so lovely to hear many of you say it is about the person and making your camera work and learning about the photography... I still am so proud of many of my point and shoot cannon photos as i rarely used auto and used what i had to the limit.. (of course wishing for a new one) but I am glad i am doing it this way not like the above mentioned
    but of course love my new DSLR

    happy snapping
    Last edited by Jeanette; 28-04-2010 at 6:57pm.




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    Better body/lens might make it easier to take better photos in difficult conditions.

    Good filters are something that can enhance your images quite a bit though.

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    Don't get caught up being a gear head, the photographer is much more important

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    theres a girl at uni who has a 7D all we hear is how great the camera is, her work well would be in the worst 10% in the whole school.

    My girlfriend uses my camera in class, other than that she shoots on a 15 year old film camera, her work would be in the top 10% in the whole school.

    We also have a teacher who has given up all cameras other than his iphone, his work is amazing.

    Cameras mean shit, lenses mean a little something but its the photographer that does the work.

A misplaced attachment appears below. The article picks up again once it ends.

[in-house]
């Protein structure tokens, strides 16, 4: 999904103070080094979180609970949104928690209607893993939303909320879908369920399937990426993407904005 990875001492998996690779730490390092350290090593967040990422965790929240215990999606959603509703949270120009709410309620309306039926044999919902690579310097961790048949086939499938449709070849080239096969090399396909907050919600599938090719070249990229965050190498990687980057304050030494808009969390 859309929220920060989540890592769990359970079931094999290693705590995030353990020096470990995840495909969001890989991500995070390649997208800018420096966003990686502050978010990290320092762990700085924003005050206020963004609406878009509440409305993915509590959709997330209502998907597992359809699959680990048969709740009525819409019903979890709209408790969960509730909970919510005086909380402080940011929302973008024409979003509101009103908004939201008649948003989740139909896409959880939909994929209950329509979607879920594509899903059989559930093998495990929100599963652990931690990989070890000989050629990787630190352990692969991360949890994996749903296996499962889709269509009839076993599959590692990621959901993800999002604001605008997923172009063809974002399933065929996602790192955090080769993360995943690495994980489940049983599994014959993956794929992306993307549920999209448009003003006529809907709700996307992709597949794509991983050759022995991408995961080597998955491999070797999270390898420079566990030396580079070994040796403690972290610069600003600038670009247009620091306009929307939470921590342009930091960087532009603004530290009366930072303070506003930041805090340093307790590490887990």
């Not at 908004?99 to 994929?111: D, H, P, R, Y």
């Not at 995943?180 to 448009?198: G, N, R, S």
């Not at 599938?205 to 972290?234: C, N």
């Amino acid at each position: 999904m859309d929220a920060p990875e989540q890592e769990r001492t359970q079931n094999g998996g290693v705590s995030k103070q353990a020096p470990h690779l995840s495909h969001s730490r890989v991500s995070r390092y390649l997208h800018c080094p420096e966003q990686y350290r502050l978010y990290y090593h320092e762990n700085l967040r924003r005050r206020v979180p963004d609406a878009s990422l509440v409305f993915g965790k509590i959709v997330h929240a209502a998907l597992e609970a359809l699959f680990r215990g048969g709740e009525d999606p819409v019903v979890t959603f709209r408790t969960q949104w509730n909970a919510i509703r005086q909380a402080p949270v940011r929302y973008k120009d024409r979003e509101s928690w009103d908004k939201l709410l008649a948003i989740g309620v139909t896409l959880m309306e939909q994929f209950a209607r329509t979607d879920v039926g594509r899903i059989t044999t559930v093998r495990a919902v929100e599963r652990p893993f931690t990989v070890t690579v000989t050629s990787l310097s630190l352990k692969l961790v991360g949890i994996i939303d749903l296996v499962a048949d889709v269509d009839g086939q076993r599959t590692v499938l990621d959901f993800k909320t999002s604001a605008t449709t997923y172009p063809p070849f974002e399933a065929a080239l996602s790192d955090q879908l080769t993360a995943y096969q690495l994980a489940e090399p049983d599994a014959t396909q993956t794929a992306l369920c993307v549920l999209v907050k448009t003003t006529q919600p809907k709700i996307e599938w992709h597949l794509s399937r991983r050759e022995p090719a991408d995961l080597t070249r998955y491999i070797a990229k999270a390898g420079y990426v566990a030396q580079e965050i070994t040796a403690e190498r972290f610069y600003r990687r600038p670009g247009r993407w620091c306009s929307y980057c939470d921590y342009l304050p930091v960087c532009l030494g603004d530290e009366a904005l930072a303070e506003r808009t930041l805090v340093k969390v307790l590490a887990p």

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    Higher end camera may gives you more flexibility and allow you to do more especially in low light and may deliver better image quality.

    However a bad photo with good image quality is still a bad photo.

    The key is know when, where and how to take a good photo, and a camera won't help you much with this.

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    Quote Originally Posted by dowden photography View Post

    We also have a teacher who has given up all cameras other than his iphone, his work is amazing.
    Please .... that could be the most ridiculous thing ive read on here in a while. Whilst I agree with you that the photographers skills are absolutely the most important factor in good photography, to suggest an iphone camera will produce the quality of a high resolution DSLR is ludicrous mate.

    I dont doubt the work hes producing from his iphone is impressive, but I highly doubt the images themselves would compare with that a skilled photographer using a DSLR of any kind.

    To the OP ... what kiwi said ^^^^ 1. togs skills 2. lens 3. body , as a general rule.
    Hi Im Darren